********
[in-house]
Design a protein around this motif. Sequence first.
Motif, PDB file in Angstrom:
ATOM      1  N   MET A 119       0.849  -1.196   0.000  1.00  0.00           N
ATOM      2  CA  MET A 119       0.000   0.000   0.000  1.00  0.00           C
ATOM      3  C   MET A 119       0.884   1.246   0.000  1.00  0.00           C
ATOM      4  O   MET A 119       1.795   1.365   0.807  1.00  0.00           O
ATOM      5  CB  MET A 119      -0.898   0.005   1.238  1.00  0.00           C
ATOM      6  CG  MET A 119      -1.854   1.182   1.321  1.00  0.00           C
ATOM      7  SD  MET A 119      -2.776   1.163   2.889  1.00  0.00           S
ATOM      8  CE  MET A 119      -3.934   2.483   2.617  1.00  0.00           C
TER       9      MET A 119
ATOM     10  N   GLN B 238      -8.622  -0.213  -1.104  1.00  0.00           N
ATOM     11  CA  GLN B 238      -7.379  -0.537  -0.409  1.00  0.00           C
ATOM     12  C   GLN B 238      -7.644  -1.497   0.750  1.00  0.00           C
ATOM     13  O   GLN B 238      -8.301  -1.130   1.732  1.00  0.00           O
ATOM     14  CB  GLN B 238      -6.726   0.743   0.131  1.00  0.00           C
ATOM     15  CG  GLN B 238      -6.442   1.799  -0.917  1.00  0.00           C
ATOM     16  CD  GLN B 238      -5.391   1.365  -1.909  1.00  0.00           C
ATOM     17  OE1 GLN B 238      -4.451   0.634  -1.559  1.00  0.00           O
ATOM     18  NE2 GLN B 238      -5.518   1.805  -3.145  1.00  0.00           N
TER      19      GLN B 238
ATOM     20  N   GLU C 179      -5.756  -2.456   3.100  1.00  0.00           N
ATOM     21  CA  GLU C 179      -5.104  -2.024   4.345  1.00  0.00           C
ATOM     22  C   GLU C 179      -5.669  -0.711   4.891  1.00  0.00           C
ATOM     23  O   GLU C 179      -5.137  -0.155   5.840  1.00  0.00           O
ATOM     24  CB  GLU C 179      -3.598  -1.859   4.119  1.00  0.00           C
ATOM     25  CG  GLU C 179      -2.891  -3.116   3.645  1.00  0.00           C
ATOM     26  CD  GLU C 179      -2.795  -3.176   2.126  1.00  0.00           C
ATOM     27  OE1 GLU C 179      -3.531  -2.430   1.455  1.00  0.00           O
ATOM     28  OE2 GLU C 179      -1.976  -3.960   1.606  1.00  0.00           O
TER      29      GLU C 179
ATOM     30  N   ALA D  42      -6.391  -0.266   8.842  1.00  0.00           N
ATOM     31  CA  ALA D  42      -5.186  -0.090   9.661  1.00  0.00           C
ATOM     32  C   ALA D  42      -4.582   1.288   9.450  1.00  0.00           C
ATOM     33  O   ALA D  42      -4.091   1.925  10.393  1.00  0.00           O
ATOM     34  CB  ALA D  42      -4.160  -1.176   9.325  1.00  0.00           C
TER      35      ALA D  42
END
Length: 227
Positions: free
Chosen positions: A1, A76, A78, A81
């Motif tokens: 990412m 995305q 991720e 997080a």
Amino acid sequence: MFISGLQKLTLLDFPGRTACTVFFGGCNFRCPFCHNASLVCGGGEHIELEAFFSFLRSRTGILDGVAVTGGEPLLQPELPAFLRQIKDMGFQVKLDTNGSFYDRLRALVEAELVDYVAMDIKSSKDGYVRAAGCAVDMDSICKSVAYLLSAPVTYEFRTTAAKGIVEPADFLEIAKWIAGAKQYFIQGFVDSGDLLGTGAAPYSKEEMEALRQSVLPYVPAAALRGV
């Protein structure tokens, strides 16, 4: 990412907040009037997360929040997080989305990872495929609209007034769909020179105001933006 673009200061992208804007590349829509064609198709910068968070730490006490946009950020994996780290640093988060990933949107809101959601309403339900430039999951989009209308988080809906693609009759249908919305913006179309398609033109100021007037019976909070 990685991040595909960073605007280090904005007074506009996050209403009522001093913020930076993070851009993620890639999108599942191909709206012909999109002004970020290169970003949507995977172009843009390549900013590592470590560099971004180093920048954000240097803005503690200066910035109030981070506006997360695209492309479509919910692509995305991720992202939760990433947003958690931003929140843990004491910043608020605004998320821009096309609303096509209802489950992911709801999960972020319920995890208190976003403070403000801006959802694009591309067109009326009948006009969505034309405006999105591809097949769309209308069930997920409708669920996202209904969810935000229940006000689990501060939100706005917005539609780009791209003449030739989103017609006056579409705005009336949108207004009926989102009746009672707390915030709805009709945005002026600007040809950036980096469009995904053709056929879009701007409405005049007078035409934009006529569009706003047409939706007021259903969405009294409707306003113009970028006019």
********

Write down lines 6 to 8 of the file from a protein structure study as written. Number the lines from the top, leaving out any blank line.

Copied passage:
ATOM      3  C   MET A 119       0.884   1.246   0.000  1.00  0.00           C
ATOM      4  O   MET A 119       1.795   1.365   0.807  1.00  0.00           O
ATOM      5  CB  MET A 119      -0.898   0.005   1.238  1.00  0.00           C